Wiring a shed


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Old 05-17-15, 10:06 PM
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Wiring a shed

Wiring a new shed I just put up. Very little working knowledge of household electric (120v), just want to make sure I'm doing it right.

Attached a few photos, power comes in the rear where you see junction box in corner, from there (going right) I am running 2 receptacles along the rear wall a GFCI accessible to exterior, and 1 along the right wall, (going forward) is 2 receptacles on the left wall, 1 GFCI accessible to exterior, and a switch above the door going to a receptacle on the ceiling.
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My question is this: do the standard outlets need to be independently grounded like GFCI's do? See pic of standard outlet, I ran both in/out ground connections to the outlet itself. The GFCI's I installed as the diagram shows. I already have the GFCI's tidied up with weather proof covers, or I would have taken pic.
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Wire I'm using is 12/3 solid metal clad, overkill I know, but I commonly 'over-do'. Aside from overhead lights, the only thing this structure is going to be powering is various battery chargers, a fan or two, an air compressor, and a leaf blower-all of which will only be used occasionally, but often at the same time.
 
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Old 05-17-15, 10:15 PM
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Also

Also, I know the power going to this structure shares part of another circuit in the house. Would adding a another breaker dedicated to my new shed be something I could do on my own?

My panel definitely had a few open slots lolName:  IMG_20150518_011230.jpg
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Old 05-17-15, 10:40 PM
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My question is this: do the standard outlets need to be independently grounded like GFCI's do?
All grounds need to be connected together and pigtailed to the receptacle and if the box is metal to the box also. If you are using metallic cable that has a bond strip not a ground wire you need to use metal boxes and connect a wire from the receptacle to the box unless the receptacle is self grounding.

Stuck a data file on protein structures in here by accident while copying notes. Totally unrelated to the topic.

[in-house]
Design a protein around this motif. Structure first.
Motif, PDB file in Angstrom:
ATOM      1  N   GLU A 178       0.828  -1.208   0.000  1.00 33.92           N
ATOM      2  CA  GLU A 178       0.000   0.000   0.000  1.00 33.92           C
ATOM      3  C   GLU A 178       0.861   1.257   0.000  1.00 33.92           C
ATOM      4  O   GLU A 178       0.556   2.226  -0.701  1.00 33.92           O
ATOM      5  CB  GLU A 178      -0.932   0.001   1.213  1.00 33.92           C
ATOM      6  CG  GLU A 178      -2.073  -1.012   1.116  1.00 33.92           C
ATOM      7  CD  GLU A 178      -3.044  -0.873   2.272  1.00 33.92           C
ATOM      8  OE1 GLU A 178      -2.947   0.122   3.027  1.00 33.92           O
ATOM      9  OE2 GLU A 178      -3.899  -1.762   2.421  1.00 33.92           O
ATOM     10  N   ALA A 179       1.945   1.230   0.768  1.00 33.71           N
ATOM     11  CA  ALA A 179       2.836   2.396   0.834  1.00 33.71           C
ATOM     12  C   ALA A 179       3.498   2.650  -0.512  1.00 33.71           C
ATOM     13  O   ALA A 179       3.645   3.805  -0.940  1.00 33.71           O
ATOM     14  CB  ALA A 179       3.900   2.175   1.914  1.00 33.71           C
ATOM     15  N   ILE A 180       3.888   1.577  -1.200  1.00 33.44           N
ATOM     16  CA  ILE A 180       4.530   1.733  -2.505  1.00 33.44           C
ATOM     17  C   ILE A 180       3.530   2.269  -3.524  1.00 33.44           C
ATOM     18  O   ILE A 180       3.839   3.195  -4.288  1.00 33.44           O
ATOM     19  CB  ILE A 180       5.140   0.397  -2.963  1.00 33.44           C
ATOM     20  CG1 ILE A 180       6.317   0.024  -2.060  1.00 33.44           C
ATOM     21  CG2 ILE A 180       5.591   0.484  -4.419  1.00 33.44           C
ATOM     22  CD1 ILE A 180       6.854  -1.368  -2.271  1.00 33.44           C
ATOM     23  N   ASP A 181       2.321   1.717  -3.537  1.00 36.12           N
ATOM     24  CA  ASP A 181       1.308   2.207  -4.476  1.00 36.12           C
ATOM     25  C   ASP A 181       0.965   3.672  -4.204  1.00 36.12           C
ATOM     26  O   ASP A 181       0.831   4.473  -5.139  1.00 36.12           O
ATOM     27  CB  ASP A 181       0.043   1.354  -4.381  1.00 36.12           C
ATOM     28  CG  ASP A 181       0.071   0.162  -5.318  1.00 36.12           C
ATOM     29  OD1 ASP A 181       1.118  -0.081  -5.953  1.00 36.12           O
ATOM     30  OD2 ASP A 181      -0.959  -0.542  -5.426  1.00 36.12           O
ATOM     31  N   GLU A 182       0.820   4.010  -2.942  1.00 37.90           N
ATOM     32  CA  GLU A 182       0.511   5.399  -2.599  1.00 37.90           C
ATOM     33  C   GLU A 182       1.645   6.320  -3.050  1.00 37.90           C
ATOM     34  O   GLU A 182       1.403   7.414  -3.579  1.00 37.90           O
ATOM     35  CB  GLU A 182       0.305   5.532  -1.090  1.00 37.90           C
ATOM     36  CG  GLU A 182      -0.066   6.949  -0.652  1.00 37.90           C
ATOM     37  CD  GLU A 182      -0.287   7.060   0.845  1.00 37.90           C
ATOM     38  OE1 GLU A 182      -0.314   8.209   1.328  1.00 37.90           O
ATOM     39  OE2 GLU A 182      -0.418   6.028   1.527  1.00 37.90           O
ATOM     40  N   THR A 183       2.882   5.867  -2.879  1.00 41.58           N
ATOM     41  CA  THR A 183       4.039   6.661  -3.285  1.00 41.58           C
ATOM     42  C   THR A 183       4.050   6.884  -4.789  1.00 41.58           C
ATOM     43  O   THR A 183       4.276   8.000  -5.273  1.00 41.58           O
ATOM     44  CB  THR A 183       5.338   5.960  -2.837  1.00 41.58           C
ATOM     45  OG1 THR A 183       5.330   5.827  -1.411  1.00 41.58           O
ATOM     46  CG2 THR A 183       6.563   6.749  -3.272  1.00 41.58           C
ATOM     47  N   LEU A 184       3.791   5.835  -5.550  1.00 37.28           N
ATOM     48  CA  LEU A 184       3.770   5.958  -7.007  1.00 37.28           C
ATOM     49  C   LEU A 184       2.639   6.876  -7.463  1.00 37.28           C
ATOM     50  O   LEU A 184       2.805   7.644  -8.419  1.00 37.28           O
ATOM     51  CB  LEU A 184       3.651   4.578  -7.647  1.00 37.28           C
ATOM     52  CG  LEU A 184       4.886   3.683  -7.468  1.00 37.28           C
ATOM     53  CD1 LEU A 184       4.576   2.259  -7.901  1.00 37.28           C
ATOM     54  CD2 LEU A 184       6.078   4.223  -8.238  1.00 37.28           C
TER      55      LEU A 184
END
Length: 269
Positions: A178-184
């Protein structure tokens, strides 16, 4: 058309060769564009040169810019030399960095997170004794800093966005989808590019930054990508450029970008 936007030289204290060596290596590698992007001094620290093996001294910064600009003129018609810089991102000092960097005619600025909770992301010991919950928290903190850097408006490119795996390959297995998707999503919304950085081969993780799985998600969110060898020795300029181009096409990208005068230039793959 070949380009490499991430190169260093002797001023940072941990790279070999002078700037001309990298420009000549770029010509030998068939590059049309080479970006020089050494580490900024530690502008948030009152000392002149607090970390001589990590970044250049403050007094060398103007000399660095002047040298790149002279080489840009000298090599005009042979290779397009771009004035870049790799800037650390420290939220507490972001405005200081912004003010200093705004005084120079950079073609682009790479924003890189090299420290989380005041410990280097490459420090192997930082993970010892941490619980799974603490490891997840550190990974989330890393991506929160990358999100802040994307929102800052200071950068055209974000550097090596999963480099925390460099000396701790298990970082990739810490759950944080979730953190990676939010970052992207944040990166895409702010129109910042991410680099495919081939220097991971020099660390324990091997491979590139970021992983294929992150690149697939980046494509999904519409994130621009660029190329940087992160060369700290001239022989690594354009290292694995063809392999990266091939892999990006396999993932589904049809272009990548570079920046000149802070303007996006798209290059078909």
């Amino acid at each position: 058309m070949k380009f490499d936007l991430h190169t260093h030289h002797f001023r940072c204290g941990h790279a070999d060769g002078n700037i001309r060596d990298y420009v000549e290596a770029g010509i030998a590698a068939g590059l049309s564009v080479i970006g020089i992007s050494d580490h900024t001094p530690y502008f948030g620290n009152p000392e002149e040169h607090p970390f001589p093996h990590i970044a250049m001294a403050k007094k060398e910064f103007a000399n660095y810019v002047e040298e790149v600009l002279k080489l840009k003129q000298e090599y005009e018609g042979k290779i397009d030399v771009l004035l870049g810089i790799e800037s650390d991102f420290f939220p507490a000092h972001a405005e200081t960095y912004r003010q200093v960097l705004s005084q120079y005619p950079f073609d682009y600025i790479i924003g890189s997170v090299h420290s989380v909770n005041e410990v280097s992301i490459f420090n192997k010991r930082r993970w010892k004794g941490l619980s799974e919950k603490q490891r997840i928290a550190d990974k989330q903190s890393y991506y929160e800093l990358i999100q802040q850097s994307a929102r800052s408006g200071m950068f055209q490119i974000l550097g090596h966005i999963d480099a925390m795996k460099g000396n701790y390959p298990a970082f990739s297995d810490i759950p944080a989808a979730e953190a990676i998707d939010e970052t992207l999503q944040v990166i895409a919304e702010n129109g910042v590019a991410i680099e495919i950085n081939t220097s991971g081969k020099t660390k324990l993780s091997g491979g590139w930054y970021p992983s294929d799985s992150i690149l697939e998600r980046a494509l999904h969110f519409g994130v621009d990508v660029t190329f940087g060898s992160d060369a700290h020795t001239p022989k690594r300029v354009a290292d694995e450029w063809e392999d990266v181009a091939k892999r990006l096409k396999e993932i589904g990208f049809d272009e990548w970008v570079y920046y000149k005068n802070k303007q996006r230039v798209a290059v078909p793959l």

Technically a ground is not required for a GFCI to function but current code requires it for safety.
 
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Old 05-18-15, 01:44 AM
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Your cable is not installed in a "workman-like" manner as required by code. That 45 degree run is especially bad. You can use 90 degree clamps to make it better.

The "handy" boxes are really too small if you have anything more than one cable and one device in the box. Using 4 inch square boxes with raised single-device covers is far better as it allows enough room for splices.

As Ray already pointed out the metal boxes need to be connected to the equipment grounding conductor.

Did you break the 12-3 into two 120 volt circuits? Is it connected to a two-pole circuit breaker in the house? Do you have a disconnect at the shed? How is the power run from the house to the shed? What kind of cable was used for this run?
 
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Old 05-18-15, 05:12 AM
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Also, I know the power going to this structure shares part of another circuit in the house. Would adding a another breaker dedicated to my new shed be something I could do on my own?
It would be best, especially since you have a compressor. As Furd asked what kind and size cable did you run to the shed?
 
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Old 05-18-15, 05:34 AM
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My panel definitely had a few open slots
I'd recommend you start saving to replace the old Federal Pacific panel. FPE equipment is no longer U.L. Listed.
 
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Old 05-18-15, 06:26 AM
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I would also recommend changing your device boxes to 4x4" boxes and use either industrial covers, or mud rings. I doubt the handy boxes you are using have the cubic inch space for the wires and devices. As a wise man once said: "Handy boxes are a misnomer, they are not handy for anything".

If you are only running one circuit you can protect the entire circuit with one GFCI device. You also need to install a disconnect in your shed.

The picture of the device you have wired is incorrect. You need to also pigtail a ground wire to the metal box with a green ground screw. The metal box needs to be bonded to the ground wire.

Make sure you wrap the wires around the screws in a clock-wise path.
 
 

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